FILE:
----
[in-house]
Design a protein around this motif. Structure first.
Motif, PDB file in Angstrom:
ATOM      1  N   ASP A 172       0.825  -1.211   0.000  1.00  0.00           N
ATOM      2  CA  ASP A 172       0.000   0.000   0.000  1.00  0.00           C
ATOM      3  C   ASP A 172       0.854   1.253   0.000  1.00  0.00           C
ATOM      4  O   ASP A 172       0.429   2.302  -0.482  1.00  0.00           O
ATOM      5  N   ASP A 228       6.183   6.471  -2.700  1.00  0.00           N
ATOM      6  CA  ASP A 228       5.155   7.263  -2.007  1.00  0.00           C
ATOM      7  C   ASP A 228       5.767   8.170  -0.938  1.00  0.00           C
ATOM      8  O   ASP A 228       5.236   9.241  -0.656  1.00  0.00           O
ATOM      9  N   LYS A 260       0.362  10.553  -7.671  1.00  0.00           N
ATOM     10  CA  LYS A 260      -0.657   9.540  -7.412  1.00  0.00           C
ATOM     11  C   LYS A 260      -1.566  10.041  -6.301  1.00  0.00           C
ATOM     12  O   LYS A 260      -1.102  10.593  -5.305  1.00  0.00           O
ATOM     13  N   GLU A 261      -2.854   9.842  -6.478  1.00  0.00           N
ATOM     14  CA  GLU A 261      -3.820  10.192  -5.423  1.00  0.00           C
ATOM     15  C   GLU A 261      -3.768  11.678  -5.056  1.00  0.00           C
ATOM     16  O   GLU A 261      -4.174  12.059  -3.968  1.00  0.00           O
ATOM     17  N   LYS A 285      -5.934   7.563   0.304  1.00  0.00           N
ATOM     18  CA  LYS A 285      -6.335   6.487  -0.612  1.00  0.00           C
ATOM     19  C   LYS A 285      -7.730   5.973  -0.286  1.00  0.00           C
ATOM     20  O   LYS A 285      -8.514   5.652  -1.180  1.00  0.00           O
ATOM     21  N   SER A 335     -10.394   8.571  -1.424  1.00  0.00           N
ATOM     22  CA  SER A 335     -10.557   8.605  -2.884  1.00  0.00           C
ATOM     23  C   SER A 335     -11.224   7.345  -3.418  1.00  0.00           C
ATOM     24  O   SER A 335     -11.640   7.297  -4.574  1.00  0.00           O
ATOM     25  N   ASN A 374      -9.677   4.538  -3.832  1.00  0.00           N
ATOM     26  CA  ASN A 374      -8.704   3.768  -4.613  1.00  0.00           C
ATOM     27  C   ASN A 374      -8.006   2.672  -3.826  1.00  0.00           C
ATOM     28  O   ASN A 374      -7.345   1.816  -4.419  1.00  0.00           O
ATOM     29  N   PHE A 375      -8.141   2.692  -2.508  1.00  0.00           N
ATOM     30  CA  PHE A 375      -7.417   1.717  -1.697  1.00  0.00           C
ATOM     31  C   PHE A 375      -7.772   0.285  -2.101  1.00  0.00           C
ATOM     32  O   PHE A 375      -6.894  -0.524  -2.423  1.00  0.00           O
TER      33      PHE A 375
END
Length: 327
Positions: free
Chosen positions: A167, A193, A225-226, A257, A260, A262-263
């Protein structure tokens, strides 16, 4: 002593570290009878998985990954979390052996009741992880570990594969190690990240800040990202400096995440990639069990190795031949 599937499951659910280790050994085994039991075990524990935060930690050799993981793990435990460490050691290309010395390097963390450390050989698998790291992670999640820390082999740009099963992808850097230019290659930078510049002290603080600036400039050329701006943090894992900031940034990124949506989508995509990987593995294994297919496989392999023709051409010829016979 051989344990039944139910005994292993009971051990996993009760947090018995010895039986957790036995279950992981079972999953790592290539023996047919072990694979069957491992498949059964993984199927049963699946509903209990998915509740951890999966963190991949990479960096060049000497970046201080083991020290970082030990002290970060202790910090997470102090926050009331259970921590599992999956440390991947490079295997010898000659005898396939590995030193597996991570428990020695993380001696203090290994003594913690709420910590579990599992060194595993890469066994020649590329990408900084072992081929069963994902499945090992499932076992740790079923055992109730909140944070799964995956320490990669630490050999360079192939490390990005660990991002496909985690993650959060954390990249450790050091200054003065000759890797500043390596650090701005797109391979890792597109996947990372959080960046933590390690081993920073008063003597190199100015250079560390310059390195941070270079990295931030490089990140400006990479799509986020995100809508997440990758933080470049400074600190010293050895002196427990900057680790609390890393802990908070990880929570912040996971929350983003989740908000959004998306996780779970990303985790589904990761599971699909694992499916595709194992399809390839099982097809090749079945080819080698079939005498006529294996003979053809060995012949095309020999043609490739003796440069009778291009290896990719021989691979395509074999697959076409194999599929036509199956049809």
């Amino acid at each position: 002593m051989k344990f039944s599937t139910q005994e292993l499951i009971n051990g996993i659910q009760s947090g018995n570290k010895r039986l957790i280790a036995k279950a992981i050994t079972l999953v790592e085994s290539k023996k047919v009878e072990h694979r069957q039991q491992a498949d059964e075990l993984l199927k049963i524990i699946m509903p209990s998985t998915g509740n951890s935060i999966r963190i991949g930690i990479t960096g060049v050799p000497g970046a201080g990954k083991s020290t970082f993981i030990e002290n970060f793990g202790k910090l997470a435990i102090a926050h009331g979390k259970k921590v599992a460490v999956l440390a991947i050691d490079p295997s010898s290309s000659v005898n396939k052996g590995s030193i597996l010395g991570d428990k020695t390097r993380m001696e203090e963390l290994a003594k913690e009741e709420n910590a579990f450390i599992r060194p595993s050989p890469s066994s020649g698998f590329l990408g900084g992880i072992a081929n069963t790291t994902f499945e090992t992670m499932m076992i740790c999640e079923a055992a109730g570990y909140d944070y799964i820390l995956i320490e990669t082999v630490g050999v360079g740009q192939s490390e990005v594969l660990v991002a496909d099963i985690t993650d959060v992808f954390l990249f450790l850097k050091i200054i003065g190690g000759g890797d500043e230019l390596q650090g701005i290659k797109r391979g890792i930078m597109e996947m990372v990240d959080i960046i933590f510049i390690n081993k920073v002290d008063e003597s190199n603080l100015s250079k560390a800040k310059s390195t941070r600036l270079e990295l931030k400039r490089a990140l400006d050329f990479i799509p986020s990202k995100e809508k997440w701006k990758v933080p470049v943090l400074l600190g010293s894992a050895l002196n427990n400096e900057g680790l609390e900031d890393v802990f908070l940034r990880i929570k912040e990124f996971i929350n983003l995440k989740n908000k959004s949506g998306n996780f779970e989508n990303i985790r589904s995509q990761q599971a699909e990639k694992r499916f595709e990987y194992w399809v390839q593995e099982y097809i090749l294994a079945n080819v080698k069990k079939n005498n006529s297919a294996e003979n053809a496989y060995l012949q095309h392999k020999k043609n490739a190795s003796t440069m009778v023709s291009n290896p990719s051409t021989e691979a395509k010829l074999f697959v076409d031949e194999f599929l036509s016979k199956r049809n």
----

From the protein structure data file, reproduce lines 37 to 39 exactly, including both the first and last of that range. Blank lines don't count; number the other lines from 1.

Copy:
END
Length: 327
Positions: free